The Windup Girl is set in a future Bangkok where sea levels have risen and oil has run out, and where a company man named Anderson Lake is on the hunt for a hidden seedbank. The Thai Kingdom, unlike almost every other country in the world, has managed to fend off the calorie plagues with aggressive isolationist polices, and now—much to the surprise of the calorie companies, who control agriculture—the Thais are engineering their own competing seedstock. Lake wants access to the genetic gold mine of the Thai seedbank, and to find the man who is engineering their plague-resistant crops. Obviously, this isn’t in Thailand’s best interest, and mayhem ensues.

The novel is partly inspired by couple friends of mine who are garlic farmers. Every summer they dig up their garlic crop, separate it into bulk garlic and braids, and sell the majority of it. But a few garlic cloves–the biggest, fattest, finest ones–get saved for planting the following year. The cloves they retain guarantee the future of their garlic farm, and the slow improvement of the crop as it becomes bigger, hardier, and more productive over successive generations. That garlic, grown on a single mesa in Colorado becomes more unique and more productive with every season. It’s the slow version of genetic engineering.

Contrast with this with a major agricultural company like Monsanto or ADM. As opposed to a creating a unique product from a unique place, they’re interested in creating uniform products that will be sold everywhere. And because of profit concerns, they need to do it quickly, with the best technologies available. Of course, engineering something like Roundup Ready soybeans isn’t cheap, so they would very much prefer that farmers not replant the seeds that they develop, because it’s not very profitable if a farmer just keeps recycling the product s/he bought twenty years ago.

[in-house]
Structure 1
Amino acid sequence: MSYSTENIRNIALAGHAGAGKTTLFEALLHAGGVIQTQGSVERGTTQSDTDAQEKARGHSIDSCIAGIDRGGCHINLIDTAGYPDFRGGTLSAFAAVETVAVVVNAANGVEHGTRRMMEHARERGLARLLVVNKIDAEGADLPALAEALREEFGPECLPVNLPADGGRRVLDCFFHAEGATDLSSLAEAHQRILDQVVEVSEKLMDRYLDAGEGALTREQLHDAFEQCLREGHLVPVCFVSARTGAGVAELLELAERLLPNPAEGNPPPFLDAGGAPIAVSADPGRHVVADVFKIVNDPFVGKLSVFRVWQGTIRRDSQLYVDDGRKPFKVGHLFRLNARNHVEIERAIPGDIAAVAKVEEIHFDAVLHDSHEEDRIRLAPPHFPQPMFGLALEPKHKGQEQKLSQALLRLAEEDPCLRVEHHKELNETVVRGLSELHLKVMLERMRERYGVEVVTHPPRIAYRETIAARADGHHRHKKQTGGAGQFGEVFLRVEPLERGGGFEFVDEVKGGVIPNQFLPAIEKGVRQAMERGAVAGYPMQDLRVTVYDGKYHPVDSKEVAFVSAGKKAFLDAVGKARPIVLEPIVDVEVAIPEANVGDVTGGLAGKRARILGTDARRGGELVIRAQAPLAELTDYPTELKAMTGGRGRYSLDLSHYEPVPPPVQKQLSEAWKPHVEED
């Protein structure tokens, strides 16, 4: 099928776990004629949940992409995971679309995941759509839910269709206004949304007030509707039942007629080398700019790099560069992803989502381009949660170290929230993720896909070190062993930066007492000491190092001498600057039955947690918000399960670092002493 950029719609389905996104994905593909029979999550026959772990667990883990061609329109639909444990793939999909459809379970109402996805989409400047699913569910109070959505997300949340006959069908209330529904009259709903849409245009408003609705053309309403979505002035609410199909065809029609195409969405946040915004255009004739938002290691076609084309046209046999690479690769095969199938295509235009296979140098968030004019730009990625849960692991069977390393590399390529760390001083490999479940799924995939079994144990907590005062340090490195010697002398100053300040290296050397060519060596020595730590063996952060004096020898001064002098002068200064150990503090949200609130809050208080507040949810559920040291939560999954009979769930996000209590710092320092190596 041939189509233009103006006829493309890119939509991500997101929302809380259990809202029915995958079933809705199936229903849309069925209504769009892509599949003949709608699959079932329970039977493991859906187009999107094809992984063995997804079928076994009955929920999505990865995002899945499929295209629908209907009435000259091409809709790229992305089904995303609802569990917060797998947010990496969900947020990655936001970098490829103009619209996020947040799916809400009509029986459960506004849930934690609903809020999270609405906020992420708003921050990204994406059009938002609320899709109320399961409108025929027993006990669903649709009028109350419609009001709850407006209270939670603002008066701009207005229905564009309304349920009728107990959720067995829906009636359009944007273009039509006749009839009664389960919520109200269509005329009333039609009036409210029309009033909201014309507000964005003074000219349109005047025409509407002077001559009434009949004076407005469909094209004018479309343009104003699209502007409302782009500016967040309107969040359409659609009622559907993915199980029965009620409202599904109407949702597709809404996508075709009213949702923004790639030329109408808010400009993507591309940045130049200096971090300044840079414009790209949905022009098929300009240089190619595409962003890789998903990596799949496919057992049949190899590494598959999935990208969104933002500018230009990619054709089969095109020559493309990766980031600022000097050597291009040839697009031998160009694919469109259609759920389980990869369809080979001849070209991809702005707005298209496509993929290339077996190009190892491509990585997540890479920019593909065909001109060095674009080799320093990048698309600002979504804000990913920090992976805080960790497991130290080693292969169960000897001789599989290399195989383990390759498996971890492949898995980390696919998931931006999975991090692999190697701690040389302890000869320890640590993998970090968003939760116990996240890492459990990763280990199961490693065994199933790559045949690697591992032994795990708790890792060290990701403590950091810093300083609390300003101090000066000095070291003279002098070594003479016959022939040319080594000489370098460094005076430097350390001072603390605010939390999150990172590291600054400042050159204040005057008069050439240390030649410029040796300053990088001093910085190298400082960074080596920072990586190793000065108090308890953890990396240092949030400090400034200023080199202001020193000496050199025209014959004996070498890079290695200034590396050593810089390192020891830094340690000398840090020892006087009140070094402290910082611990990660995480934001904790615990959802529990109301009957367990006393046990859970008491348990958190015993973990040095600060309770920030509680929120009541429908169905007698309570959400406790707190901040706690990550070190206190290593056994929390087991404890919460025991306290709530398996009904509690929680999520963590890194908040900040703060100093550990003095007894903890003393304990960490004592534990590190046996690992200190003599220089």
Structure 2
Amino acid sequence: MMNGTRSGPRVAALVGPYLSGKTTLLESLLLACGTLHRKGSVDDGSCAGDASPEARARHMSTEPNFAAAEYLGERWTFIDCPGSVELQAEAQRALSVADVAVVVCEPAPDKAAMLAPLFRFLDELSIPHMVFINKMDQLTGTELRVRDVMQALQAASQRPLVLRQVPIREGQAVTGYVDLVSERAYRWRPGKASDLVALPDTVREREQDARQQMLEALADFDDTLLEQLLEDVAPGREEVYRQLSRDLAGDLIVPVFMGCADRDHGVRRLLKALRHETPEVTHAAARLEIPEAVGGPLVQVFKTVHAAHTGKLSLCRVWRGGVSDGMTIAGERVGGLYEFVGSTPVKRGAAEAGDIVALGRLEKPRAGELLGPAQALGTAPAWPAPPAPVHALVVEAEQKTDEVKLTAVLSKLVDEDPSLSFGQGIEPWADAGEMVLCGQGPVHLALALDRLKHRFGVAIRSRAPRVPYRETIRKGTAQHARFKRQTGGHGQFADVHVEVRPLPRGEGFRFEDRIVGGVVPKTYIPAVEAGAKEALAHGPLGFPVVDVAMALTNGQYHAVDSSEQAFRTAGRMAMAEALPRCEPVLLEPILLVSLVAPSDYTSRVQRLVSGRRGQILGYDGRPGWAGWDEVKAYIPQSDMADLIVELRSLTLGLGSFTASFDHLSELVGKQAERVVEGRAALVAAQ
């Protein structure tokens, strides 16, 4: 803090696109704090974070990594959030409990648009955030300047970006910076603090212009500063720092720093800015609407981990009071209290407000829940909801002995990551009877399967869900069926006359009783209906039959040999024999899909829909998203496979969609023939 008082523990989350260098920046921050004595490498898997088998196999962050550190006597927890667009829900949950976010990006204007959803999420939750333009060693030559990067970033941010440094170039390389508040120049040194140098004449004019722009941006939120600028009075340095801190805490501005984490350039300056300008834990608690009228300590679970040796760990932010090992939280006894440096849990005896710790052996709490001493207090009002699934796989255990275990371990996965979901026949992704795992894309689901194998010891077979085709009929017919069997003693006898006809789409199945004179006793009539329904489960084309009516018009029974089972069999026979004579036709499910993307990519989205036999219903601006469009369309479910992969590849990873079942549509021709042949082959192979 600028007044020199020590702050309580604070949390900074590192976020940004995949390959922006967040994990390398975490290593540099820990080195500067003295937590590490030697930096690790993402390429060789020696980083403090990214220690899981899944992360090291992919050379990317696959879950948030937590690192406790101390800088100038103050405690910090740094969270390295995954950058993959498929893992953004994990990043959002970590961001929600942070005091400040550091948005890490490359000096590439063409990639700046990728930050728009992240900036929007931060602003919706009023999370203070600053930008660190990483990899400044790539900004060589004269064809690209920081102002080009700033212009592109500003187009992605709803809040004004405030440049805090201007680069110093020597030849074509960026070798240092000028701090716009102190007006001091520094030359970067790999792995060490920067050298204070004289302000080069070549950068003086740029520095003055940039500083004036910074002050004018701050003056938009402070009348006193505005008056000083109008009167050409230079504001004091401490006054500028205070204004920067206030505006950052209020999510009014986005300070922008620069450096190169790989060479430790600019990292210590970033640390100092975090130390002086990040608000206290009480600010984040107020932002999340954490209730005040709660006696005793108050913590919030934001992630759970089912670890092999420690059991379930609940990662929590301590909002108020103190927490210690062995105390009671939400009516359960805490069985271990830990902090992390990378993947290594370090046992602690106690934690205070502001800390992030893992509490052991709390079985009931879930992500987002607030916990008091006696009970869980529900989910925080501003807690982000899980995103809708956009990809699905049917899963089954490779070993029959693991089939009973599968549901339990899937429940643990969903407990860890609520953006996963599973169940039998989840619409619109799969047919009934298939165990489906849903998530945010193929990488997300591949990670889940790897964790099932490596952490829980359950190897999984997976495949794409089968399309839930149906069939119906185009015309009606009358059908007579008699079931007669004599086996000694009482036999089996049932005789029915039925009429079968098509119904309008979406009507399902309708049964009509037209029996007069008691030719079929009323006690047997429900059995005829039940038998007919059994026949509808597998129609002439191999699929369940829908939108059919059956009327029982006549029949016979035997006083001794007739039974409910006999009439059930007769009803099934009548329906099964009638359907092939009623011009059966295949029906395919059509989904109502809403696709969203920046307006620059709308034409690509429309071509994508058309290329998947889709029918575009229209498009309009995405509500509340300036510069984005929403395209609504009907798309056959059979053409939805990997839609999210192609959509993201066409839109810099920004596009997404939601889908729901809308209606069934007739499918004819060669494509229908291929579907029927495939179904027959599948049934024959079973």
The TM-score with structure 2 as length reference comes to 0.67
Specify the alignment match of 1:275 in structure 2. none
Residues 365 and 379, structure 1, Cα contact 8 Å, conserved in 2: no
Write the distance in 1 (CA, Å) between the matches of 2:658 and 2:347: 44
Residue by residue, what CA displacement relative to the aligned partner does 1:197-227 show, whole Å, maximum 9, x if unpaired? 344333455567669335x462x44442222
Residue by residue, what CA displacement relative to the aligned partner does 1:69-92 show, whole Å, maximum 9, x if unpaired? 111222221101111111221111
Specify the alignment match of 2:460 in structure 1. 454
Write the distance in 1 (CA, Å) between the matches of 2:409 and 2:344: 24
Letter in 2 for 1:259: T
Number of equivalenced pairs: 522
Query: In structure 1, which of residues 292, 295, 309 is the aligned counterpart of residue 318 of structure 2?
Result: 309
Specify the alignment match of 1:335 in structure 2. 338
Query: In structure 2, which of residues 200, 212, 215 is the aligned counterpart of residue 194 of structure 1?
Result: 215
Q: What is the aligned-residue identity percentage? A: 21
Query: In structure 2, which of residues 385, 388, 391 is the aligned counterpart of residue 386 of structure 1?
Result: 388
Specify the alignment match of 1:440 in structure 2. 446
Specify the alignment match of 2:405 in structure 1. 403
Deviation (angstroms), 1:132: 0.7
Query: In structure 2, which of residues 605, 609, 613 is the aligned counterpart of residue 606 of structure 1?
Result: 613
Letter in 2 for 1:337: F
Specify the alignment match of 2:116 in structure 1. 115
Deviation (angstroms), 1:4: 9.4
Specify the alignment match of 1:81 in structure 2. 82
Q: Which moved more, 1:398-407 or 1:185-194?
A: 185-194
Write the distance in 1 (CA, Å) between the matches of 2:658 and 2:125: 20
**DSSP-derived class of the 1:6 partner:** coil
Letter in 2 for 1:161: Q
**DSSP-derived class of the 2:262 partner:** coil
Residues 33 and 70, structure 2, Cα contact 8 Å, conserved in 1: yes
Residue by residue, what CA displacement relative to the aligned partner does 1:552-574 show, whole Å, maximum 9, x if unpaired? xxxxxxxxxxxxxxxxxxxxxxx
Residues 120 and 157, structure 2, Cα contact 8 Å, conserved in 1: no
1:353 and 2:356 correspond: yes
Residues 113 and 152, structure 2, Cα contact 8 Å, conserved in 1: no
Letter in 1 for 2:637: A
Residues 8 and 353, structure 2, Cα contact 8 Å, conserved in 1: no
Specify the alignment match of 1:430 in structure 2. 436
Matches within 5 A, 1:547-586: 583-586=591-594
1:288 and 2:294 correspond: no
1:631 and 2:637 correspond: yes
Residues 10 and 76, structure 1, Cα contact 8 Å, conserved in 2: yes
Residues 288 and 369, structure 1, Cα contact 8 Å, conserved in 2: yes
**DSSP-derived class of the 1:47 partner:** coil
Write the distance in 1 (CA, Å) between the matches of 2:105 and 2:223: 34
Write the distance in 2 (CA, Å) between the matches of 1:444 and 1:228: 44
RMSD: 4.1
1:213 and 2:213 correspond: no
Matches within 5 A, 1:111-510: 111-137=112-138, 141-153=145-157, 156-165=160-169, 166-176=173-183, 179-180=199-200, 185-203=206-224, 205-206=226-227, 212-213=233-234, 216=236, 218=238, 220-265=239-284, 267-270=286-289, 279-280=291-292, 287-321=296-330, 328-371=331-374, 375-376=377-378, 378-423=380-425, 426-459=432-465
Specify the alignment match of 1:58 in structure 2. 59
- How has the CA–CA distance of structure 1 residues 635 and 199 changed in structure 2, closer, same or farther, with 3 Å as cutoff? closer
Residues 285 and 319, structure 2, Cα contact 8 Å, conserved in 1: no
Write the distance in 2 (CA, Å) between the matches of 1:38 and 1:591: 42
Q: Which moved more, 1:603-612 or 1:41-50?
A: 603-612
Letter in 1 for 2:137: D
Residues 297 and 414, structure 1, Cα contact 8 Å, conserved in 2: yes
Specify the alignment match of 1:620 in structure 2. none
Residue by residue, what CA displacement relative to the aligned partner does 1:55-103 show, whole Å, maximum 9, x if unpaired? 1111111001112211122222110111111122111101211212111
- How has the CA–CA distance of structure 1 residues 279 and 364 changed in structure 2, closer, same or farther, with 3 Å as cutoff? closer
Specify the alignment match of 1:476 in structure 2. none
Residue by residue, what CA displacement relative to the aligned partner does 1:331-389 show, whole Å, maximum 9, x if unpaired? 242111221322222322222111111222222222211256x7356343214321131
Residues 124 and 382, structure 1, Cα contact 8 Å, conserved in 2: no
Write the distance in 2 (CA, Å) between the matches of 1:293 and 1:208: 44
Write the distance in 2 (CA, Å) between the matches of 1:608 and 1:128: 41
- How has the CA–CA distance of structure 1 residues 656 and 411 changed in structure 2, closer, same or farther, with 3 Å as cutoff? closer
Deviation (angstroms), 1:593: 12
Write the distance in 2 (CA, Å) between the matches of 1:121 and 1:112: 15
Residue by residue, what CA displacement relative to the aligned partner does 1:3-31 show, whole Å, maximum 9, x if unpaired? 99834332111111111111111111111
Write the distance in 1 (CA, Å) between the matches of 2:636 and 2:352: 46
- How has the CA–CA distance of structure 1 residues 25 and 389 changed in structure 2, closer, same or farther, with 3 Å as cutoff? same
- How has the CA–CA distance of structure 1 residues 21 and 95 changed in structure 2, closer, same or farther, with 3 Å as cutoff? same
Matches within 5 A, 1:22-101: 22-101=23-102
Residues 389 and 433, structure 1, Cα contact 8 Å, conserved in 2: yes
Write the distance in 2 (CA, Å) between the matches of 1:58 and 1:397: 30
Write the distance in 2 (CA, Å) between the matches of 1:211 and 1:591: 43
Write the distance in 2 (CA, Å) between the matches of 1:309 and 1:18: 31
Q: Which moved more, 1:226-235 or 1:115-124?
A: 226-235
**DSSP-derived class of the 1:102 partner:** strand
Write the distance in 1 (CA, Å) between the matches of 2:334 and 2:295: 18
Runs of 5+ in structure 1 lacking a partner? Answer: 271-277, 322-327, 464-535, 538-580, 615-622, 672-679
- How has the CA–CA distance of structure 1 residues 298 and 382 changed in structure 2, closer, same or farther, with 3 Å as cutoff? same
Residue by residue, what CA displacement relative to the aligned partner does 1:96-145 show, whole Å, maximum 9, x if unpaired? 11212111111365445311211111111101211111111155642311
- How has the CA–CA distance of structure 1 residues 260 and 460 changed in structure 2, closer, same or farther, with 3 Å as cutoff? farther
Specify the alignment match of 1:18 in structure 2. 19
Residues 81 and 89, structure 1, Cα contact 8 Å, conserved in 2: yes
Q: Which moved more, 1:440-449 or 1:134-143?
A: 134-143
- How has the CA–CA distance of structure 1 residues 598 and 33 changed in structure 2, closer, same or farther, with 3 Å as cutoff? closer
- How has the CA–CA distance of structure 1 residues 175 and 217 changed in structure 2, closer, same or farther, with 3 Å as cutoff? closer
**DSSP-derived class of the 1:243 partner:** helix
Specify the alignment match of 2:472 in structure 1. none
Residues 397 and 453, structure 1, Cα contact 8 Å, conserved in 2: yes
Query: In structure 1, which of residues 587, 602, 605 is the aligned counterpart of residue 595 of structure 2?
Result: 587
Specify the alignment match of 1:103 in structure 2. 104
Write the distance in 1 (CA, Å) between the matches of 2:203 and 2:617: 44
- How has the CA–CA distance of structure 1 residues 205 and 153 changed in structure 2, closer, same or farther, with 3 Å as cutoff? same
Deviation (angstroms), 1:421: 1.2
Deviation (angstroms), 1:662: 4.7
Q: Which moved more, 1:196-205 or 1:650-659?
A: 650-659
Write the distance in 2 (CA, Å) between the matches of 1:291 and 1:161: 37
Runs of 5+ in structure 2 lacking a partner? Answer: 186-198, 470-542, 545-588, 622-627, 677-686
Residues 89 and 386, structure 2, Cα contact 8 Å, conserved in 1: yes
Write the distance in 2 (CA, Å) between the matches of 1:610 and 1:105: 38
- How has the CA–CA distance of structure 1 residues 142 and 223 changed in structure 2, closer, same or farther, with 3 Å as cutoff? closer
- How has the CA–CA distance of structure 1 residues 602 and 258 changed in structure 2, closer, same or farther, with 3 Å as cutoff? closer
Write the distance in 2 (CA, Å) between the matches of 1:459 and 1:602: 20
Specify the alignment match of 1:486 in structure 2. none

These two versions of genetic engineering, both of them for profit, and both of them aimed at increasing crop quality over time, fascinate me. They each have merits, depending on what sort of outcomes you expect from food production, but around the time corporate research created something called the Terminator gene so that farmers could never replant their seeds, I started feeling a little concerned about where we were headed.

Based on what I’ve seen of global food companies, and my own–admittedly megalomaniacal―impulses, I started scheming about how I’d run an international food corporation if I really wanted to get profits rolling. First, I’d want to get rid of competing crops. So I’d manufacture food blights to kill anything that wasn’t my own genetically resistant seedstock. Then I’d bring out the Terminator gene, so that no one could ever replant my patented seed. And then of course I’d jack up the price, and wallow in all that money.

In The Windup Girl, the calorie plagues that some food executive created in a moment of inspiration have evolved and gotten out control. Corporate genehackers are just one step ahead of the next blister rust mutation. Crop blights have jumped from plants to people and now spread with horrifying speed through human populations, and as food becomes more and more centralized in its production and desperately needed in the world, agricultural corporations have become the most powerful organizations on the planet.

Depending on your level of paranoia, this will seem either nuts or all too likely (just don’t put me at the helm of an international corporation). But profit scheming aside, the thing that fascinates me about complex technologies like genetic engineering is how many things can go wrong. Good ideas, even the best ideas, have unexpected and disruptive consequences, and I like seeing how those cascading effects work out in society and on people. As a writer, I love it when things go wrong. So The Windup Girl takes place in a world almost everything has.


The Windup Girl: Amazon | Barnes & Noble | Powell’s

Read sample chapters of the novel. Read “Windup Stories,” two Hugo-nominated tales set in the same world (pdf link).


Moon’s Oscar Chances and More

I’m answering mail in this week’s AMC column, talking about which science fiction movies have a chance at next year’s expanded Best Picture nominee slate (including Moon, pictured above), offering suggestions for good cheap SF films, and speculating on how long 3D will stick around this time. Go on, you know you love to read me ramble on about such things. And of course feel free to leave questions of your own for future “mailbag” entries.